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The Truth Heals

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“How do we tell the truth and make that truth bearable,” a quote from an interview with author Kate DiCamillo discussing “Charlotte’s Web” by E. B. White. She went on to say, “E.B. White loved the world. And in loving the world, he told the truth about it – its sorrow, its heartbreak, its devastating beauty. He trusted his readers enough to tell them the truth, and with that truth came comfort and a feeling that we were not alone.”

In today’s divisive social and political environment with brother against brother and sister against sister, with politicians writing bills banning the teaching of this country’s history of economic, social, political, cultural, and racial exclusion, and school librarians being ordered to pull books on Indigenous and minority peoples’ fight for freedom, do our truths no longer matter? Is there a fear of lessons learned?

Conspiracy theories, the omission of facts, and the battle against news media have left more than 60% of Americans declining in trust in the government, and in each other. So many of the conversations which once brought us together are today bathed in fallaciousness: “A fallacy that occurs when instead of addressing someone’s argument or position, you attack the person or some aspect of the person who is making the argument.” Using psychotherapy, the counselors and therapists of Improving Lives Counseling Services treat conspiracists and clients challenged by a culture of disbelief.


The antithesis of truth is defined as receiving inaccurate, erroneous, or fallacious information. Overloading the brain with “untruths” can cause a cognitive overload – defined as receiving more information than the brain can easily handle. The brain does not initially sort truth from lies. When a lie is initially heard, the brain accepts it as true – experience, knowledge, education, and judgment held within the working memory then triggers the process of sorting fact from fiction.

Cognitive Overload happens “when the working memory receives more information than it can manage, leading to frustration and comprised decision-making.” This overload causes the brain to stop working. We see this in people who say, “I don’t know what to think; I just give up,” or “This is just too much, let’s change the subject,” or “I don’t want to hear your opinion or so-called facts; I’ve heard it all.” A recent survey reported that 62% of Americans say they have views they are afraid to share with family, co-workers, or friends.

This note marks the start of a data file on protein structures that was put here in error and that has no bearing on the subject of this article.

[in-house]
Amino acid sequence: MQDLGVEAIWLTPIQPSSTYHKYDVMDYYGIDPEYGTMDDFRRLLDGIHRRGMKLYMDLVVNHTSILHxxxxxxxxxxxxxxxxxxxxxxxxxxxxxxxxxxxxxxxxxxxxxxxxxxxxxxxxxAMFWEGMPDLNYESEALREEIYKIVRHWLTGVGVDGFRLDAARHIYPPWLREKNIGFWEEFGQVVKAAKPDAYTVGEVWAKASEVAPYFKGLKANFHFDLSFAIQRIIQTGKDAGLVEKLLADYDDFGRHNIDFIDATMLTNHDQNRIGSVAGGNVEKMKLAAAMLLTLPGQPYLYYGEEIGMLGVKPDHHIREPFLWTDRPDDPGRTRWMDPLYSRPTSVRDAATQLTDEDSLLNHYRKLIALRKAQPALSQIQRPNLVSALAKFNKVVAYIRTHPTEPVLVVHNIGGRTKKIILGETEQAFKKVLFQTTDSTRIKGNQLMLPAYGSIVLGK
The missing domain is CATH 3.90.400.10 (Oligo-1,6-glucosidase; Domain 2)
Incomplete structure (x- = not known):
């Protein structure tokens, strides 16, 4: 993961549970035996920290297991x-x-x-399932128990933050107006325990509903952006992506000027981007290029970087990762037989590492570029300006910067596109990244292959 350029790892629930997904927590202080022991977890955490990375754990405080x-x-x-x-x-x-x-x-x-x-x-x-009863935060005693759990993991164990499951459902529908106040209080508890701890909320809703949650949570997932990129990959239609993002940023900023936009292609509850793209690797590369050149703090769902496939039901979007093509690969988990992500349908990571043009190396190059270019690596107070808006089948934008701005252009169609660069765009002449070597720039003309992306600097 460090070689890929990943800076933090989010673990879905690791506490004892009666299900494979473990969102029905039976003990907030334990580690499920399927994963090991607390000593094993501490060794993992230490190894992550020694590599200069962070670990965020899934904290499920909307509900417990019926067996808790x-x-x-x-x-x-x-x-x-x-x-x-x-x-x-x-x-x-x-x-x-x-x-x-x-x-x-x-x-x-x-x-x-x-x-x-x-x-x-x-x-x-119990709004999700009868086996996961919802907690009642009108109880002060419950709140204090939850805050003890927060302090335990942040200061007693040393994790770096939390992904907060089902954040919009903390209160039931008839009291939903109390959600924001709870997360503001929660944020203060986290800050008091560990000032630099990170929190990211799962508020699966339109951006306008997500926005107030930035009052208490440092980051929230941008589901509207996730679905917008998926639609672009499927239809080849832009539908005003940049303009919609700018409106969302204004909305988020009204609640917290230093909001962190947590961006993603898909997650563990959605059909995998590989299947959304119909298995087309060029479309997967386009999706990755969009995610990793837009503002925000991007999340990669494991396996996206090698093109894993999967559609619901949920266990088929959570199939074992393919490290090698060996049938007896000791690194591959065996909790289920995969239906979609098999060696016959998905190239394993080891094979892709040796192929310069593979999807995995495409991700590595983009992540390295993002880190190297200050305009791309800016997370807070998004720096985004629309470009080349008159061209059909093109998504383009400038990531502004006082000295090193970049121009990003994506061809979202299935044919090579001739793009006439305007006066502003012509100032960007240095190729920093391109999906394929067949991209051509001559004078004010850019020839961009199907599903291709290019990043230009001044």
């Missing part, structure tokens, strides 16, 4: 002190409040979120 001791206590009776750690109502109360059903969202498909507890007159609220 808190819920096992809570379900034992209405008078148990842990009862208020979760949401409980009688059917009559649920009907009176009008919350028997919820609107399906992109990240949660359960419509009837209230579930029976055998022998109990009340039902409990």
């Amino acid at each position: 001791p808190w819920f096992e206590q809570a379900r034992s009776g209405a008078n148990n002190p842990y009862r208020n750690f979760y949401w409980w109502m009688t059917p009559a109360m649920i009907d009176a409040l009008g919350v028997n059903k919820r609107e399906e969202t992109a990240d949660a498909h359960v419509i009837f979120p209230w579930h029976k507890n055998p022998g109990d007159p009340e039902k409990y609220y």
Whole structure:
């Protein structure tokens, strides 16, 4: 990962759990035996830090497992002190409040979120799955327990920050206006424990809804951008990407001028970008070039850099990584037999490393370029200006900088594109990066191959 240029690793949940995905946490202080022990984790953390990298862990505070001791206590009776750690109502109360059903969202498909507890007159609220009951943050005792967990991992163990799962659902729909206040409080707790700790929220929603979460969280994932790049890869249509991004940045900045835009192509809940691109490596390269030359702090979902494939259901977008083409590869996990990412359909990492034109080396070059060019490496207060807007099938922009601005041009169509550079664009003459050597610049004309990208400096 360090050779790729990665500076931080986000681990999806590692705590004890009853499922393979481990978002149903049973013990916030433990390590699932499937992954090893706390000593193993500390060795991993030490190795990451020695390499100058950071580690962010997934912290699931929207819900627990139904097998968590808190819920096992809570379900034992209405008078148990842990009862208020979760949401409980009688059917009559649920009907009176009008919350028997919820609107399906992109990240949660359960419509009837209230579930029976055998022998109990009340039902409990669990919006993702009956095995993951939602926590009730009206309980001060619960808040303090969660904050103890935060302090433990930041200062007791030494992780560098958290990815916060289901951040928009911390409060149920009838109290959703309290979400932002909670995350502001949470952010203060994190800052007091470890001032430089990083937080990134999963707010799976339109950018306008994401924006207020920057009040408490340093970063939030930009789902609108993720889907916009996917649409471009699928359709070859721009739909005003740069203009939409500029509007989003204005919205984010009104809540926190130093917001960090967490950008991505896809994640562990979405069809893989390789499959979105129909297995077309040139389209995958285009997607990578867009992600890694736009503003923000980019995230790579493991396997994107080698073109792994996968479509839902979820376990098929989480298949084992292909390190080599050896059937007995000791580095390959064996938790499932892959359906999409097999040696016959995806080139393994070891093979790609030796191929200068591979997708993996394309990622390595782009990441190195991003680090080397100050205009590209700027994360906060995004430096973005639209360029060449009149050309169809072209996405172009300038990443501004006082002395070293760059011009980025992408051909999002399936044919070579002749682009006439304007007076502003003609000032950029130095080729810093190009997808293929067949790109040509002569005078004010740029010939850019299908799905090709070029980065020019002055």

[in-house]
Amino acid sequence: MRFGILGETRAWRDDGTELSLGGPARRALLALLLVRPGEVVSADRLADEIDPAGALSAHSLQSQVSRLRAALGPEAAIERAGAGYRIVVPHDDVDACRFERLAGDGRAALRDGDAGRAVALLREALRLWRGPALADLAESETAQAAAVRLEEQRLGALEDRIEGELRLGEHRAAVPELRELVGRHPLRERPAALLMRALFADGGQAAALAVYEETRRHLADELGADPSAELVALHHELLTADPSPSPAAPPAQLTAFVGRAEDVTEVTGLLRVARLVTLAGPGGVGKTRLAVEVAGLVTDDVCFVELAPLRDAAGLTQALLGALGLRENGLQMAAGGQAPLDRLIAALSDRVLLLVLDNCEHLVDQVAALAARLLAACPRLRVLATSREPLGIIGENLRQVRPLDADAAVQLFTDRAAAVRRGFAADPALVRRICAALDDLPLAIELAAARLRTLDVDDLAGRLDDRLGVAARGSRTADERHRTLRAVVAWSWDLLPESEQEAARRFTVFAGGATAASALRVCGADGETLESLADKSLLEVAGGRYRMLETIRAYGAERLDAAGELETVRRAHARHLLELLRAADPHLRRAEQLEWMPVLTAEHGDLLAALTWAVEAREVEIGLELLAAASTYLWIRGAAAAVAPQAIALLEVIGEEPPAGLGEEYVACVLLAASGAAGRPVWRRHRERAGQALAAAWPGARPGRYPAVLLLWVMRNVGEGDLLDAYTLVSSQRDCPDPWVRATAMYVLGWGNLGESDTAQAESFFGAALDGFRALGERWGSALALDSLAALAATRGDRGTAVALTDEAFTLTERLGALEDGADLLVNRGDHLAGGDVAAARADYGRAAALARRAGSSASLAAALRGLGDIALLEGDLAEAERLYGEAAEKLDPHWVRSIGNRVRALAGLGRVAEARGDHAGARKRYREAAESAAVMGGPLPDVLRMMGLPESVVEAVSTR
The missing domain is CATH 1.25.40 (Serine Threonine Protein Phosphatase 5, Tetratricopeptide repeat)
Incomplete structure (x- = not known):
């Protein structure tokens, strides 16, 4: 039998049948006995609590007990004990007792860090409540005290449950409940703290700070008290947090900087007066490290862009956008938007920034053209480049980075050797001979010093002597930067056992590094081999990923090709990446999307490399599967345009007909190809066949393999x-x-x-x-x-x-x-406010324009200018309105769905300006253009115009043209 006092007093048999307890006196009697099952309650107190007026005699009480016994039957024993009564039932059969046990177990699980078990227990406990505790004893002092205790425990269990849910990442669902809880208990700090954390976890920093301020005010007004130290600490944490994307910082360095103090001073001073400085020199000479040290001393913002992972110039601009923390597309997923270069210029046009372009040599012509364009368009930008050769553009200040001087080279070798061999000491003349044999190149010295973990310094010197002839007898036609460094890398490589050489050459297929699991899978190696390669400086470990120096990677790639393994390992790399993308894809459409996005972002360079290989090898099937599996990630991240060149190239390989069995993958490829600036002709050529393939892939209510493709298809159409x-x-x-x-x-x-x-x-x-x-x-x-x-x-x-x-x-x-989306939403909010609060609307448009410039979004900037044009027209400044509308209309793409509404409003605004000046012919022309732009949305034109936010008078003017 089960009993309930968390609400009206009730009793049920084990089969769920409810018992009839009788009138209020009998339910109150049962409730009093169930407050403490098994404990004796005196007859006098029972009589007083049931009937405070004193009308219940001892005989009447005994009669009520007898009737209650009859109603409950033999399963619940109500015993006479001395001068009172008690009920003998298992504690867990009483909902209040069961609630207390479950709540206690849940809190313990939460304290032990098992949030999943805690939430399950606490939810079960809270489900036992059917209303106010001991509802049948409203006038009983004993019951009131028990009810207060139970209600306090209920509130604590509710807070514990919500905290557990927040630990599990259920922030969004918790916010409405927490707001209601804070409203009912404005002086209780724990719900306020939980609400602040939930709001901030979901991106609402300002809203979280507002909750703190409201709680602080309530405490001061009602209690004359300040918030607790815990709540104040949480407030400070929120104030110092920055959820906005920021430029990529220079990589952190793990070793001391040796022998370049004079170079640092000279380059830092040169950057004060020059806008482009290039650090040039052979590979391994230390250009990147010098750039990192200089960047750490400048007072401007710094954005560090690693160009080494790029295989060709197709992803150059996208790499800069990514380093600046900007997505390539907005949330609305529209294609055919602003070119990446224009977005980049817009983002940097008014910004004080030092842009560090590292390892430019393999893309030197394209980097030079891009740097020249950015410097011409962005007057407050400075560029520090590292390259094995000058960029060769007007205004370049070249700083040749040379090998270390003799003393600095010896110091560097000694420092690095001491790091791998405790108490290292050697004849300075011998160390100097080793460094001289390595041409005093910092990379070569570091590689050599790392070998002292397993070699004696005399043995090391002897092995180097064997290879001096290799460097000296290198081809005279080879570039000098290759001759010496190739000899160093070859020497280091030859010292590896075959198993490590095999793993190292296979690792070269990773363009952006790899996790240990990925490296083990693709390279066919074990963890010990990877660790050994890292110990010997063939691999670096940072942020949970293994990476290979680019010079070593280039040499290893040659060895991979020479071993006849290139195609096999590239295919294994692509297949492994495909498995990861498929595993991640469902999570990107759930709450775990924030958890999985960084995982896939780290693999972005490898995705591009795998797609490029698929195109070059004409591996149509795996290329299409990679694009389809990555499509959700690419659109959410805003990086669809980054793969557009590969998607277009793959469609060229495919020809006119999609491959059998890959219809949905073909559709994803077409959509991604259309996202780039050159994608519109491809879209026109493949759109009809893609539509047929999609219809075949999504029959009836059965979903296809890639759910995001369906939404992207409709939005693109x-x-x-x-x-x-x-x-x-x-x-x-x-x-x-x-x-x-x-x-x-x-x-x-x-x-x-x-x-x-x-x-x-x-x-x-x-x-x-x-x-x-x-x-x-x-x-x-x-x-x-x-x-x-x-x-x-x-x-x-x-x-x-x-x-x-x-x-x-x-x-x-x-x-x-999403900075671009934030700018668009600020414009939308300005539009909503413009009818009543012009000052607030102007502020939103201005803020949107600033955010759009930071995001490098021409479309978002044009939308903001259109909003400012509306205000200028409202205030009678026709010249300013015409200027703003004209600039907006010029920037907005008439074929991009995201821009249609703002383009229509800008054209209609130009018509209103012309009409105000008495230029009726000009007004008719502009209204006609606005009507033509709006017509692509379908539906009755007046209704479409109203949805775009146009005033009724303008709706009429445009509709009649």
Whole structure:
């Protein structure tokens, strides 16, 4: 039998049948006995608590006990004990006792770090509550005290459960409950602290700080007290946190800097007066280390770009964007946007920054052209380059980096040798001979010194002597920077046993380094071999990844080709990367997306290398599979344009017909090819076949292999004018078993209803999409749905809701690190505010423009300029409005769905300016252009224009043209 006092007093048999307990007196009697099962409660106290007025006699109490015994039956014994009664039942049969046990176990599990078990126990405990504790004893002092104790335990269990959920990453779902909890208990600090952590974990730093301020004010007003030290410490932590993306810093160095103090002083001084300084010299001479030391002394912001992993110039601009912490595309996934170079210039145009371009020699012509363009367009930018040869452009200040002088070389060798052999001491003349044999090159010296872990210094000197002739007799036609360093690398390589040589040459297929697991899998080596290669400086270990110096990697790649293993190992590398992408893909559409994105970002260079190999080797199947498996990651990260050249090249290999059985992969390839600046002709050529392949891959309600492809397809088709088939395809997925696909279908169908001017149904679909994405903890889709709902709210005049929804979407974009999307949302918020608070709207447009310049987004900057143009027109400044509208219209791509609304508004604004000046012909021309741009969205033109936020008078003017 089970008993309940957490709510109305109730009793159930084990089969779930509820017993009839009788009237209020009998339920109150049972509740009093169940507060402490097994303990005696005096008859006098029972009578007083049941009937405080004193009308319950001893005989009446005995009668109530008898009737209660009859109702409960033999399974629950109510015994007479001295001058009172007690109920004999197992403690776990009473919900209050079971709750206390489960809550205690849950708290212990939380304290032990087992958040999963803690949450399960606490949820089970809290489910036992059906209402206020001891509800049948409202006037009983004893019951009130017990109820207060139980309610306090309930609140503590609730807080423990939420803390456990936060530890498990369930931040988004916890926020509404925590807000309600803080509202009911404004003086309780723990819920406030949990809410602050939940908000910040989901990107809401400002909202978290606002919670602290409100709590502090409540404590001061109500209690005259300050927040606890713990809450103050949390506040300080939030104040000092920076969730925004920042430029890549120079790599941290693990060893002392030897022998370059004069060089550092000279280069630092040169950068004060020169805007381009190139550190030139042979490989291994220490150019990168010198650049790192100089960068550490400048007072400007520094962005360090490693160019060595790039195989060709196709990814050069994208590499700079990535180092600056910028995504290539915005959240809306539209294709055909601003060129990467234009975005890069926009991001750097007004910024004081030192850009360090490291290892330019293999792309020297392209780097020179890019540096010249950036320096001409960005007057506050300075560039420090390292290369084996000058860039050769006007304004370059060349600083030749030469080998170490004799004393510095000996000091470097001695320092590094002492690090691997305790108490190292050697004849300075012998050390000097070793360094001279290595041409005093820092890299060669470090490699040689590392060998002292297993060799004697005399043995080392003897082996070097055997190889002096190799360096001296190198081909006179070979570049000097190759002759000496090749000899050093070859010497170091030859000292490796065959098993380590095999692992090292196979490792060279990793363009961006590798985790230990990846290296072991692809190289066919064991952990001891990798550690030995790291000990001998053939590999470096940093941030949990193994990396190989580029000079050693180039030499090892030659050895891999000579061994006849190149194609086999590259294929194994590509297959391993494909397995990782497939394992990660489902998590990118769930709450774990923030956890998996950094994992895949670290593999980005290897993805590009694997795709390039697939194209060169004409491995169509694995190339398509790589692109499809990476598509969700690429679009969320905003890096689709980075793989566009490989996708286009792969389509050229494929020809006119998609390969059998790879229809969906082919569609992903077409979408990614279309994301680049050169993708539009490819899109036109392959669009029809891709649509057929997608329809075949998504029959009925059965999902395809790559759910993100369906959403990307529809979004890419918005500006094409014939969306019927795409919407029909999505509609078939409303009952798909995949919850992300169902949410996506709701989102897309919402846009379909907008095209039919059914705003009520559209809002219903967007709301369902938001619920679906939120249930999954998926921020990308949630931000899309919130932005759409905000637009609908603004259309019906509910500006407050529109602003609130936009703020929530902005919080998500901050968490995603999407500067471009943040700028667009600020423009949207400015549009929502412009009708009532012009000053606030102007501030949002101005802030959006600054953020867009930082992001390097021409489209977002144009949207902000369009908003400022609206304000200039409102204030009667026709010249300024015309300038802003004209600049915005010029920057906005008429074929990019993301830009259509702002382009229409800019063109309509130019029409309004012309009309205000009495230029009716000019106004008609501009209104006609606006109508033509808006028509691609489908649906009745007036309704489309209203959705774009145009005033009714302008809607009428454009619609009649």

Today, with 24/7 news and social media, there are people who consume 2,000 to 3,000 posts a day. Many in the psychiatric community believe the divorced, widowed, isolated, physically disabled, and/or mentally challenged are lonely and want someone to talk to or seek like-minded people who can boost their self-esteem. Others say it’s a coping mechanism, a way to clear their heads – to escape life’s challenges, responsibilities, and obligations. A recent Pew Research Center report found: “Overall 85% of Americans say they go online on a daily basis. That figure includes 31% who report going online constantly – as well as 48% who go online several times a day.” Researchers at the University of California found Americans consume 34 gigabytes of data and information (true and false) each day. This overload of information can lead to stress, anxiety, and an inability to make decisions.


Truth promotes diversity and inclusion. Accepting those things which are factual and true helps us grow as a people and as a nation. When people bend the truth, present alternative facts, and spread conspiracy theories, mental health and mental well-being are negatively affected. Blindly accepting truth outside of your mental model can be challenging, however, darkening the truth by believing in wishes, excessive desires, dreams, and wants can cause thinking to become distorted.


Choosing to believe or accept “untruths” and altered facts affects you mentally and physically. Improving Lives Counseling Services strives to meet the needs of each client. Improving Lives Counseling Services treats children, adolescents, teens, adults, and seniors in online and in-person, individual, couples, family, and group sessions. We accept insurance, SoonerCare, and Improving Lives Inc., a non-profit, that provides financial support to clients seeking mental health care. You are not alone. Let us help. Call (918)960-7852 to learn more.